Logistics Trends for 2022

11 Jan 22

The past two years have certainly been a challenge for businesses; after the unprecedented disruption of 2020, the hope surrounding 2021 was palpable. With vaccines on the horizon, it appeared as though the chaos was finally coming to an end - however, with the new year came an abundance of new trials and tribulations. 

The optimism of many was crushed as 2021 began with an 88-day COVID-19 lockdown. Pandemic woes were accompanied by worsening environmental conditions and strained supply chains, instigated by Brexit and the HGV driver shortage. 

Despite the obstacles that 2021 has thrown at TrackTrans, the company has remained resilient and has continued to provide game-changing TMS technology to help hauliers across the UK. We are immensely proud of our team, not only for what they achieved last year – but also for their ability to function effectively under such challenging conditions.

With recent studies suggesting that the omicron strain appears milder than previous variants, many scientists believe that the virus could reach endemicity in 2022. This, combined with the greater implementation of technological solutions in response to increased supply chain demand and environmental concerns, give us much reason for positivity as we enter the new year.

In this week’s blog, we’re exploring the issues and opportunities logistics businesses are likely to face in 2022. 

Elastic logistics

Inflation will continue to climb and supply chains will struggle through the first two-to-three quarters of 2022 as a result of wage pressures and high demand for shipping. Logistics operations with the flexibility to quickly expand or shrink to meet demands within the supply chain will be most successful in overcoming these hurdles.

This ‘elastic’ approach to logistics enables businesses to quickly make supply-led decisions which in turn saves costs and reduces wastage along the supply chain. With the e-commerce sector so competitive, this logistics model is likely to be adopted by more and more businesses in the future.

Logistics organisations are using transportation management systems (TMS) to introduce agility into their operations. Further, a modern, flexible TMS enables businesses to forecast risks, costs and demand, allowing hauliers to correctly optimise their transportation fleets. 

Sustainable strategies

As millions begin to experience the dire effects of climate change, brands are now expected to act in an environmentally responsible manner. In consequence, businesses are waking up to the financial benefits of minimising waste along their supply chains, from choosing sustainable packaging to lowering emissions.

Transportation is one of the biggest carbon emitters in the e-commerce supply chain – to counter this, the adoption of green vehicles is becoming more widespread. Investment bank UBS estimates that by 2025, 20% of all new cars sold around the world will be electric. This rises to 40% by 2030, and close to 100% by 2040, demonstrating the speed at which the sector is growing.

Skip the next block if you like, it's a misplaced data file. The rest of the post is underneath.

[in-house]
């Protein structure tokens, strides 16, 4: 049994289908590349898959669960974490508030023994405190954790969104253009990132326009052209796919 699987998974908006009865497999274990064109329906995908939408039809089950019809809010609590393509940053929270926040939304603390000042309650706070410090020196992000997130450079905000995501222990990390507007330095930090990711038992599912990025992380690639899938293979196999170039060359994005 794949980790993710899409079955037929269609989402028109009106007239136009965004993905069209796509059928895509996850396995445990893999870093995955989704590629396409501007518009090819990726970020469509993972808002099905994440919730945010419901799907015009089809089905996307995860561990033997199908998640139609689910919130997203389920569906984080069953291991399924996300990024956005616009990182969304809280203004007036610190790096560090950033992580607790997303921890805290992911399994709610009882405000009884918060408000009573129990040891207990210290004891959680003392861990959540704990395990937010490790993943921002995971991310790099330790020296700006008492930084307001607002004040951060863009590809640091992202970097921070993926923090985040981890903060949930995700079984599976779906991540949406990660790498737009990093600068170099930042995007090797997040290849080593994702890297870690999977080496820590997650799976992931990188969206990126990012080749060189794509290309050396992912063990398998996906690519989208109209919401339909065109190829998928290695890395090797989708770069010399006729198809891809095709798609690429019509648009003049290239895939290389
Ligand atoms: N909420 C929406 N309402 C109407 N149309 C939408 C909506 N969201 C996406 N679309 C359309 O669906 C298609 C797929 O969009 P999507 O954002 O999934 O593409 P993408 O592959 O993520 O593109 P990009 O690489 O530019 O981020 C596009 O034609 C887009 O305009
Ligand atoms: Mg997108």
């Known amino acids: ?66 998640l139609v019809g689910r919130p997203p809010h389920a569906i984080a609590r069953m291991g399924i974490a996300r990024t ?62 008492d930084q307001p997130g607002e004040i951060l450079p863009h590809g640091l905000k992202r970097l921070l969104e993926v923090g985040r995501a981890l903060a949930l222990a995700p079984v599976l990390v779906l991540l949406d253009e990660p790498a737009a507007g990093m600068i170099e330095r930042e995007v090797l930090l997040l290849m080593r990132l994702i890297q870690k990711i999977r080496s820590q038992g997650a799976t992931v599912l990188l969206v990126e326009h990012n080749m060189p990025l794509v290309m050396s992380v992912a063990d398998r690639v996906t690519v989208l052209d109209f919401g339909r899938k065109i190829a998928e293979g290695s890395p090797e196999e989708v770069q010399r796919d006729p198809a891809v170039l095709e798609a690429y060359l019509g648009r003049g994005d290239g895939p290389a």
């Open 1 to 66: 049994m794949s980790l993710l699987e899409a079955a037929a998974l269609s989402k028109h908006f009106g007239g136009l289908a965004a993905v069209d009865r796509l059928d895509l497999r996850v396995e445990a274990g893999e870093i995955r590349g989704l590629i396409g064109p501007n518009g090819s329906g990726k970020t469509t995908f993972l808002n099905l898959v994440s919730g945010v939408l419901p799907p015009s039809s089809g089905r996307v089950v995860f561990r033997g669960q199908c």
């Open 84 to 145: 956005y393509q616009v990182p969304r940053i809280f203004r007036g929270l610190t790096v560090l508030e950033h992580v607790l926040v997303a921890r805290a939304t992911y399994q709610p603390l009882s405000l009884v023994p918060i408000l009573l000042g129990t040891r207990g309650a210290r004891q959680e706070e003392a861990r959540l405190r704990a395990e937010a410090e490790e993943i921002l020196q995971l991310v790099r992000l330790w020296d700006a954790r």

Logistics firms are harnessing data-driven technology to decrease miles driven and consequently reduce emissions. A best-in-class TMS gifts businesses with an omniscient view of their operation, allowing for comprehensive route planning, giving transport managers the ability to move shipments across the most fuel-efficient route.

Robotics and automation

The adoption of autonomous and automated robotic systems in warehouses will continue to rise, saving organisations both time and money. In fact, by 2025, over 4 million commercial robots will be installed in over 50,000 warehouses.

In e-commerce supply chains, where speed is fundamental, automated storage and retrieval systems can be utilised in warehouses to find, pick and move inventory round more quickly. This helps businesses meet tight delivery deadlines for customers – particularly useful as the demand for online shopping surges. 

After years of research and development, industries are realising the economic value of utilising robotics for last-mile deliveries. As an example, Amazon is trialling “Amazon Scout”, a fully-electric delivery system about the size of a small cooler which can currently be found rolling round a limited number of American neighbourhoods delivering packages to customers.

Of course, one doesn’t necessarily have to look to robotics to see the ways in which automation can benefit our industry. Some of the more advanced TMSs on the market extend their functionality with integrated warehouse management systems (WMS) and electronic proof of delivery (ePOD) that optimises the power of automation to transform how transport and logistics companies manage their business. 


By utilising a transport management system like TrackTrans, hauliers can do their usual tasks at a greatly improved pace – allowing staff to reduce repetitive tasks and focus more time on other projects that could generate more profit for their businesses. Best of all, our system can be used remotely, allowing employees to add jobs from home – meaning work can continue regardless of which COVID-19 measures are implemented. 

Although there will undoubtedly be a plethora of surprises dotted throughout the year; one thing is certain, the industry of logistics automation is on the highway for 2022 – get on the road before it’s too late!

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